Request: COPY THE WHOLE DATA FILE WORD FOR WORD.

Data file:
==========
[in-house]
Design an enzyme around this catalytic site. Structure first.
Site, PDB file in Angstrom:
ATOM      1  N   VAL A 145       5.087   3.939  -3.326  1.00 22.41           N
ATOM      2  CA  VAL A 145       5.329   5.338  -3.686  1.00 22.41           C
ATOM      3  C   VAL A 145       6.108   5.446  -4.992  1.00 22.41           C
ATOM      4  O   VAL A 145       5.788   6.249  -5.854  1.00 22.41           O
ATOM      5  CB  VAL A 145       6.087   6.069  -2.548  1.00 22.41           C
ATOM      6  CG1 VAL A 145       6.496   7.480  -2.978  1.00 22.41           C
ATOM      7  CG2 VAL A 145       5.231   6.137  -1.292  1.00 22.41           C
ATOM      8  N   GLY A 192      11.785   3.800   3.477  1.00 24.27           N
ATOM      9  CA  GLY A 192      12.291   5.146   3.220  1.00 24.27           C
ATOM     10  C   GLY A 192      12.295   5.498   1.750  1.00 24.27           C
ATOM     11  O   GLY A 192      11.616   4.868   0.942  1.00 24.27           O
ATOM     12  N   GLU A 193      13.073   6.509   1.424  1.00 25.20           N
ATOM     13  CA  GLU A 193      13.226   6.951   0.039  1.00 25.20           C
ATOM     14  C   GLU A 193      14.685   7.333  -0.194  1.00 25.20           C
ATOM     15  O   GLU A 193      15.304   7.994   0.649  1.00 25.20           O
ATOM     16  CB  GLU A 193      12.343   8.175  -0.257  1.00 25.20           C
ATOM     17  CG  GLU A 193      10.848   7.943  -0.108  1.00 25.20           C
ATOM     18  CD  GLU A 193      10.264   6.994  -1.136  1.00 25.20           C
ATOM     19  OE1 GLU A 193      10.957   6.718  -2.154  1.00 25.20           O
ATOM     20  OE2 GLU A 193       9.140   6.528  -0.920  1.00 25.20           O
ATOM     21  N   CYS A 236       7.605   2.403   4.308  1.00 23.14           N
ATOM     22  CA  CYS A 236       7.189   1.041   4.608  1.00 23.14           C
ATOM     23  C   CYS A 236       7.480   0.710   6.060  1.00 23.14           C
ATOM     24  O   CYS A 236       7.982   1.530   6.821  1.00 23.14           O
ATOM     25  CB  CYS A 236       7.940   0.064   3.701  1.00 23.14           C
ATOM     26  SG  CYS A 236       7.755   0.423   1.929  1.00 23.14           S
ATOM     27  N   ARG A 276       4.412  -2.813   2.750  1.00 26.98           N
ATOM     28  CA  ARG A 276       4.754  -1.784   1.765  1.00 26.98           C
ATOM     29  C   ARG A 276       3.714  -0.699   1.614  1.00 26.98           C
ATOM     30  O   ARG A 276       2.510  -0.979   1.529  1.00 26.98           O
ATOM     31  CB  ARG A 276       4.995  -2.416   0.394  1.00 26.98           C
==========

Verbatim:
[in-house]
Design an enzyme around this catalytic site. Structure first.
Site, PDB file in Angstrom:
ATOM      1  N   VAL A 145       5.087   3.939  -3.326  1.00 22.41           N
ATOM      2  CA  VAL A 145       5.329   5.338  -3.686  1.00 22.41           C
ATOM      3  C   VAL A 145       6.108   5.446  -4.992  1.00 22.41           C
ATOM      4  O   VAL A 145       5.788   6.249  -5.854  1.00 22.41           O
ATOM      5  CB  VAL A 145       6.087   6.069  -2.548  1.00 22.41           C
ATOM      6  CG1 VAL A 145       6.496   7.480  -2.978  1.00 22.41           C
ATOM      7  CG2 VAL A 145       5.231   6.137  -1.292  1.00 22.41           C
ATOM      8  N   GLY A 192      11.785   3.800   3.477  1.00 24.27           N
ATOM      9  CA  GLY A 192      12.291   5.146   3.220  1.00 24.27           C
ATOM     10  C   GLY A 192      12.295   5.498   1.750  1.00 24.27           C
ATOM     11  O   GLY A 192      11.616   4.868   0.942  1.00 24.27           O
ATOM     12  N   GLU A 193      13.073   6.509   1.424  1.00 25.20           N
ATOM     13  CA  GLU A 193      13.226   6.951   0.039  1.00 25.20           C
ATOM     14  C   GLU A 193      14.685   7.333  -0.194  1.00 25.20           C
ATOM     15  O   GLU A 193      15.304   7.994   0.649  1.00 25.20           O
ATOM     16  CB  GLU A 193      12.343   8.175  -0.257  1.00 25.20           C
ATOM     17  CG  GLU A 193      10.848   7.943  -0.108  1.00 25.20           C
ATOM     18  CD  GLU A 193      10.264   6.994  -1.136  1.00 25.20           C
ATOM     19  OE1 GLU A 193      10.957   6.718  -2.154  1.00 25.20           O
ATOM     20  OE2 GLU A 193       9.140   6.528  -0.920  1.00 25.20           O
ATOM     21  N   CYS A 236       7.605   2.403   4.308  1.00 23.14           N
ATOM     22  CA  CYS A 236       7.189   1.041   4.608  1.00 23.14           C
ATOM     23  C   CYS A 236       7.480   0.710   6.060  1.00 23.14           C
ATOM     24  O   CYS A 236       7.982   1.530   6.821  1.00 23.14           O
ATOM     25  CB  CYS A 236       7.940   0.064   3.701  1.00 23.14           C
ATOM     26  SG  CYS A 236       7.755   0.423   1.929  1.00 23.14           S
ATOM     27  N   ARG A 276       4.412  -2.813   2.750  1.00 26.98           N
ATOM     28  CA  ARG A 276       4.754  -1.784   1.765  1.00 26.98           C
ATOM     29  C   ARG A 276       3.714  -0.699   1.614  1.00 26.98           C
ATOM     30  O   ARG A 276       2.510  -0.979   1.529  1.00 26.98           O
ATOM     31  CB  ARG A 276       4.995  -2.416   0.394  1.00 26.98           C